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Your Unforgettable Life: Only You Can Choose the Legacy You Leave Paperback – June 15, 2005
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About the Author
Jennifer Schuchmann has been writing professionally for eight years. Her articles have appeared in several publications including Atlanta Magazine, and Christian Parenting. She has a BA in Psychology and an MBA from Emory University. She and her husband, David, have been married for 15 years and have a son. They live near Atlanta, GA. Craig Chapin is a graduate of Samford University and is an entrepreneur at heart. He currently serves as founder, president, and chief operating officer of EntTek, Inc. a company that services entertainment venues. He has taught a Sunday school class for almost twenty years and has served in various leadership positions at his church. He lives in Atlanta with his wife, Jennifer, and their three children.
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Top Customer Reviews
If God cares about the small things in life, like the tiniest sparrow, then we should too. It does matter whether we toss a ball one afternoon with our son or tell him, "Not now, I'm busy." It does matter if we're honest, when a little white lie would be so much easier. It's the details that add up to create our legacy.
I'm so glad I read this book when I did. It's the perfect companion to THE PURPOSE DRIVEN LIFE. I admit, it's exciting to find that long-term passion or goal. A renewed purpose can make us think we've got a vision that's unstoppable. But sometimes there are little things, little moments and people that seem to be in our path.
They ARE the path.
In YOUR UNFORGETTABLE LIFE, authors Chapin and Schuchmann give readers great examples of famous and ordinary people who left their legacies, their imprints on the generations that followed them. This book is packed full of great stories that demonstrate the truth that a person's legacy is the result of a lifelong faithfulness in the small things.
Some historical examples include the different legacies left by the families of Max Jukes and Jonathan Edwards. Both lived in the late 1800s in the northeastern part of the U.S. Throughout their lives, they made decisions that left an impact on thousands of their descendents. In the case of Jukes, his unwise choices have left behind generations of poor decision makers who've ended up living in poverty, imprisoned, or in ill health. In contrast, many of Edwards' descendents have become physicians, authors, college professors, lawyers, and congressmen.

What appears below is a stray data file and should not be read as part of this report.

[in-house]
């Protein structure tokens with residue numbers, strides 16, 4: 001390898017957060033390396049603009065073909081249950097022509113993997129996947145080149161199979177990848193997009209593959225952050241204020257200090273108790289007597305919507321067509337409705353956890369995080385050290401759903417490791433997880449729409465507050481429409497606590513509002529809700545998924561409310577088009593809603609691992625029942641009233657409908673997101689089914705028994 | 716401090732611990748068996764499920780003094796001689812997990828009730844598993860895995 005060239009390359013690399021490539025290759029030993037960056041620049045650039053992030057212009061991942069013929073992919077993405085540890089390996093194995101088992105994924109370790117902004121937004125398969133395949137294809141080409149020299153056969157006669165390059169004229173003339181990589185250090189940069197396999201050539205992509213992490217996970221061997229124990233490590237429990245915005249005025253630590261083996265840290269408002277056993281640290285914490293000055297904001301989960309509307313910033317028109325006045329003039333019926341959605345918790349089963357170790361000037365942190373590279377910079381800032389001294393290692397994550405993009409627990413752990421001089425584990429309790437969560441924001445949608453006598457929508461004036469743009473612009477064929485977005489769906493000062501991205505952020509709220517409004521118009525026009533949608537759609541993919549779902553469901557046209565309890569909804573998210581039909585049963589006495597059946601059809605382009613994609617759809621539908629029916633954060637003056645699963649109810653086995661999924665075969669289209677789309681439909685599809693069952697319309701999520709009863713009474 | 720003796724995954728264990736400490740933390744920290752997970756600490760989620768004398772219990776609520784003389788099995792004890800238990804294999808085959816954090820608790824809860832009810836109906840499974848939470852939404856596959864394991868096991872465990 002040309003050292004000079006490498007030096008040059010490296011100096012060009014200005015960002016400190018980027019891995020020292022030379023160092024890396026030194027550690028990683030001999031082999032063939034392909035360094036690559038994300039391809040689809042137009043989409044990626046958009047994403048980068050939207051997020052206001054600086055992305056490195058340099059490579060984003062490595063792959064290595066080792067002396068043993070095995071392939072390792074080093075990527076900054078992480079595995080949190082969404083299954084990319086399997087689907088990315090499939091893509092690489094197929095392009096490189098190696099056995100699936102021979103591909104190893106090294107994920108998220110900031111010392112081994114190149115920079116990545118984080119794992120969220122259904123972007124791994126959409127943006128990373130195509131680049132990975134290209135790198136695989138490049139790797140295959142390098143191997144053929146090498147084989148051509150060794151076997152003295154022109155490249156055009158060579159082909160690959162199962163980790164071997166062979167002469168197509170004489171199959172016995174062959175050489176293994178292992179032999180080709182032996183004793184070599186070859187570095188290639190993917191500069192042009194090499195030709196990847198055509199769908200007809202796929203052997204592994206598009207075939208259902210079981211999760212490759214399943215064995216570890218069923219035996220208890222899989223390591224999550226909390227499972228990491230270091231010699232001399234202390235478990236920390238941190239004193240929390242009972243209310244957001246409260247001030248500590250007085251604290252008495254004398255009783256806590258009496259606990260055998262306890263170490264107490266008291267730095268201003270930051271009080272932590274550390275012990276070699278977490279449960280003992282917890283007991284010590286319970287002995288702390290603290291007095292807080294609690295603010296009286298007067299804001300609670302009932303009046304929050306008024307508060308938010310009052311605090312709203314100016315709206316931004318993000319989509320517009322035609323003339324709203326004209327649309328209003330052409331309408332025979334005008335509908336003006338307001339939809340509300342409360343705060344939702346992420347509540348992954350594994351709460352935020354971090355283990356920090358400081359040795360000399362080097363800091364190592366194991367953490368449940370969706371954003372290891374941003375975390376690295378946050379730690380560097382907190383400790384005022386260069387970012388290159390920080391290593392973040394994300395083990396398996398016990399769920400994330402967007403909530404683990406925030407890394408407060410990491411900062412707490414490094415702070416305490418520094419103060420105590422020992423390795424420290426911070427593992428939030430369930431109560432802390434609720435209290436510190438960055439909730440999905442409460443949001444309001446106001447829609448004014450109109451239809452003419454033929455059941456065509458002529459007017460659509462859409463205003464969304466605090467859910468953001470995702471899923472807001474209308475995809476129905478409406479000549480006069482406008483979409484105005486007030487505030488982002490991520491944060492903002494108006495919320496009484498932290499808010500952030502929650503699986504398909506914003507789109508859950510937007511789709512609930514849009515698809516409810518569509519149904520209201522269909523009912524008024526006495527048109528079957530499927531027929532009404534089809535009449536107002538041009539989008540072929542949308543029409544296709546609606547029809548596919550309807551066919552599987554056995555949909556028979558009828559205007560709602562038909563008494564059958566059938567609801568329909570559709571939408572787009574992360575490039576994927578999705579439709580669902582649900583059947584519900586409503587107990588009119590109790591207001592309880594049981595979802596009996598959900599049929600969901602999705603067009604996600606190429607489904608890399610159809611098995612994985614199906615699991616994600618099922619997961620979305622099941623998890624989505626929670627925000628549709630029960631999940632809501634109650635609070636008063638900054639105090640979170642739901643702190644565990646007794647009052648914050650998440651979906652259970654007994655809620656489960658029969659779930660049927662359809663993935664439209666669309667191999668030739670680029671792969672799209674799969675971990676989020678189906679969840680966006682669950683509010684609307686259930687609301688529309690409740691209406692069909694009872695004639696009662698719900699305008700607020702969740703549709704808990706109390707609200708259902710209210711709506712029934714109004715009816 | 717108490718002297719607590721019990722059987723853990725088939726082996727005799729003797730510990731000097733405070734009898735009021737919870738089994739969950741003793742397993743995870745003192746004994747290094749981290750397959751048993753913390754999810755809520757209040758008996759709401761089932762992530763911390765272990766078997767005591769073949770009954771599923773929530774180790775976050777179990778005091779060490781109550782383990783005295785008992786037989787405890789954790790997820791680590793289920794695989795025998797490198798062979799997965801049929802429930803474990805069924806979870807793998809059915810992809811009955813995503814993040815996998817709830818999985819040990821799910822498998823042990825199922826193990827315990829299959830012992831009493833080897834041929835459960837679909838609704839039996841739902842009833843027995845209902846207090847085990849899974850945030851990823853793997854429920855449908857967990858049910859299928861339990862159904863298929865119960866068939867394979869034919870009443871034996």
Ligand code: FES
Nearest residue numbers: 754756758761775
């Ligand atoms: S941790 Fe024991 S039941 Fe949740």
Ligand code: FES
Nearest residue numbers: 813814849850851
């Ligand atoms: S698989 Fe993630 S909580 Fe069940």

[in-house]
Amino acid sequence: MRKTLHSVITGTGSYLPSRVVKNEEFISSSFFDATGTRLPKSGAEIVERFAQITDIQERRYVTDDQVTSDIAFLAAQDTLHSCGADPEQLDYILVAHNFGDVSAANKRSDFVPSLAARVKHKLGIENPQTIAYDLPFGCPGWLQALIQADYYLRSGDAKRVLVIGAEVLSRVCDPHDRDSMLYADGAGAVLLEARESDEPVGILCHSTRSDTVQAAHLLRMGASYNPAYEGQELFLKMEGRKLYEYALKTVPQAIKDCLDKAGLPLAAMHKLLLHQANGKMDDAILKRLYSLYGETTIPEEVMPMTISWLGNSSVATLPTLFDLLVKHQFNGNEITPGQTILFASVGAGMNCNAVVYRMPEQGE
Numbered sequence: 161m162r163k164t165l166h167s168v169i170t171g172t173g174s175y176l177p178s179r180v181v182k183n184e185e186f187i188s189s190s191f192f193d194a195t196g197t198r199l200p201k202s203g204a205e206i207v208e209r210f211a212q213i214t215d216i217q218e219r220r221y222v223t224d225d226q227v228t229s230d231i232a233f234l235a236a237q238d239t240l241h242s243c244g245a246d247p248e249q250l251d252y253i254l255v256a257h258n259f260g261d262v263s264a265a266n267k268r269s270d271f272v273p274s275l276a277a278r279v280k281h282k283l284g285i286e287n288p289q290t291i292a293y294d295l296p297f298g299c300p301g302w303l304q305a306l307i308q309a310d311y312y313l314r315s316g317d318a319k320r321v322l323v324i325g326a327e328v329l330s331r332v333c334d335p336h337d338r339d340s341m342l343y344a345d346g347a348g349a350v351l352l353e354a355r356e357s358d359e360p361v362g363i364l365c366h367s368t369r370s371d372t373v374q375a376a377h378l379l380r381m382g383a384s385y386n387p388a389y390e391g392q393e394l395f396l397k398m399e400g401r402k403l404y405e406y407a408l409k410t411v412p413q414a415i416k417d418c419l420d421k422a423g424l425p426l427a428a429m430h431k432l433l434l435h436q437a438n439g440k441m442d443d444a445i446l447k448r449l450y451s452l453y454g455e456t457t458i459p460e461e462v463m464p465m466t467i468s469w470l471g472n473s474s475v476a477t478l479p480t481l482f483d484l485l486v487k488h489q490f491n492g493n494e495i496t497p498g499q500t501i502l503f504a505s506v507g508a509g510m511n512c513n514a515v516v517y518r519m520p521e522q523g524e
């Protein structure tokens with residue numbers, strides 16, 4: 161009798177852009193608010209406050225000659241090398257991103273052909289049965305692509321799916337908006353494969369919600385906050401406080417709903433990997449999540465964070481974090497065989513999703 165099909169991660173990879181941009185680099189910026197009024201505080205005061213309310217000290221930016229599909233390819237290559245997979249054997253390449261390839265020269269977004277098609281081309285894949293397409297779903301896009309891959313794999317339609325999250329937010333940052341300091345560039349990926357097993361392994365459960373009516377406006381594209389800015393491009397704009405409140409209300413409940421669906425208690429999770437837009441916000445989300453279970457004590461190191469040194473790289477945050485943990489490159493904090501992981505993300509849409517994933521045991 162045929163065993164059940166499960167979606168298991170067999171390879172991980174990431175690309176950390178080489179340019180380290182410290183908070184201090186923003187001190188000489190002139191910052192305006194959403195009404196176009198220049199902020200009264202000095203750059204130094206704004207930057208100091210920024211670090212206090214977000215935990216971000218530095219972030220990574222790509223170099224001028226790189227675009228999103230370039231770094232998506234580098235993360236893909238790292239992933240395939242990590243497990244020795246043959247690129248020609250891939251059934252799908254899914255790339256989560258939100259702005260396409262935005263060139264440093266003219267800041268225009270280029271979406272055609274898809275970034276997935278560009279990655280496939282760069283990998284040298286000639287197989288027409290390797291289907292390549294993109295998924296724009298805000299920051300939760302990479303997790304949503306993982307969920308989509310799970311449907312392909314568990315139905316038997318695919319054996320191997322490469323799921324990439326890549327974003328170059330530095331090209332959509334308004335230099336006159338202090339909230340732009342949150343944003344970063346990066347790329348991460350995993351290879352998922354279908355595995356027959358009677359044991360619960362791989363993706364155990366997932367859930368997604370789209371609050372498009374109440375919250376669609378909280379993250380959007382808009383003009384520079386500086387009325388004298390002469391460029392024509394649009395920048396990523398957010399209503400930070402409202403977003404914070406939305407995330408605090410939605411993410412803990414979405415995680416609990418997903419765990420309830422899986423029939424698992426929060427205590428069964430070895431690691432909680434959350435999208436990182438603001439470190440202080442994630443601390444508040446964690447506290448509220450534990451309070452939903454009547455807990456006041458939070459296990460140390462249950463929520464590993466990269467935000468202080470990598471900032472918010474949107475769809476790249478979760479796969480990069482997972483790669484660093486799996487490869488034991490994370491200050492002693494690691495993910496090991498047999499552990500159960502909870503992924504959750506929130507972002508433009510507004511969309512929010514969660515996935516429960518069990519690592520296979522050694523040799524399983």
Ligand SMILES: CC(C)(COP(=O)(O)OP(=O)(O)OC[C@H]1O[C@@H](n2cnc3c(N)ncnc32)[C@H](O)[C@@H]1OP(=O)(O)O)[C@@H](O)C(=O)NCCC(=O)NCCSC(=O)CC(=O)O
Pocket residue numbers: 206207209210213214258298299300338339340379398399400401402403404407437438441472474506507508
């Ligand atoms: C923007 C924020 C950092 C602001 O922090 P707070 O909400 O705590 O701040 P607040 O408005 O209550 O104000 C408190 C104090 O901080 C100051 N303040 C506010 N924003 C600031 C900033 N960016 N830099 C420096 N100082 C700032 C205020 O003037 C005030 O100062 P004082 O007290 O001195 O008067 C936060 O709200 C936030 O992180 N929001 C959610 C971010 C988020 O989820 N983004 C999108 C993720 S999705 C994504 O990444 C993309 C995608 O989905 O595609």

The book is fun to read, as it is also full of modern examples of the authors' day-to-day choices, and how they affected those around them. Each chapter explores a different issue relating to how our lives are unforgettable. How we spend our dollars adds up to our financial legacy. How we spend our minutes demonstrates what our priorities are. The words we choose spill over from what's going on in our hearts.
I love how the authors offer hope to readers that it's never too late to start living a life that matters. Even if readers have inherited unhealthy habits or lifestyles, now's the time to start making one tiny decision that leads to a better future. And that decision will matter for all of eternity.
This is a book to be savored slowly and reread from time to time. The path that is straight and narrow is actually full of freedom. It would make a helpful guide for youth workers or a gift for singles or couples of all ages. As the authors write, "If we want a legacy that lasts, if we want to be remembered, we must give people something to remember. We should think of our lives as stones thrown in a pond; the ripples go out long after our stones sink. We must be the biggest, most inspiring rocks we can be."
I tend to think that only famous people, or very important people, have legacies to leave. But we all do. Our days are filled with minutes and plenty of opportunities to make deliberate choices. Regardless of how wealthy we are, we all have the same number of minutes in any given day.
The authors reminded me that God cares about the smallest of details-the birds of the air and the hairs on my head. They helped me think about my priorities versus where I spend my time and how they often don't line up. They also helped me think about stewardship-that the money I've earned really came from God, and I have a great deal of responsibility on how it will be used. If I remember who really owns the money, then my choices and legacy will better follow God's desires for my life.
The book also helps in practical areas, such as developing integrity, taking risks, remaining loyal, and choosing our words carefully. Even a few words have incredible power to do harm or encourage someone.
Ms Schuchman and Mr. Chapin have done a great job of reminding me to put my focus on God and let my actions follow my love for Him. Through that, I can leave a legacy to my family and friends that can last, as God said, a thousand generations. The authors have encouraged me. They are not bombastic, but with humility and without judgment have made me think hard about my choices. I strongly recommend this easy read to anyone who is interested in what legacy they will leave behind.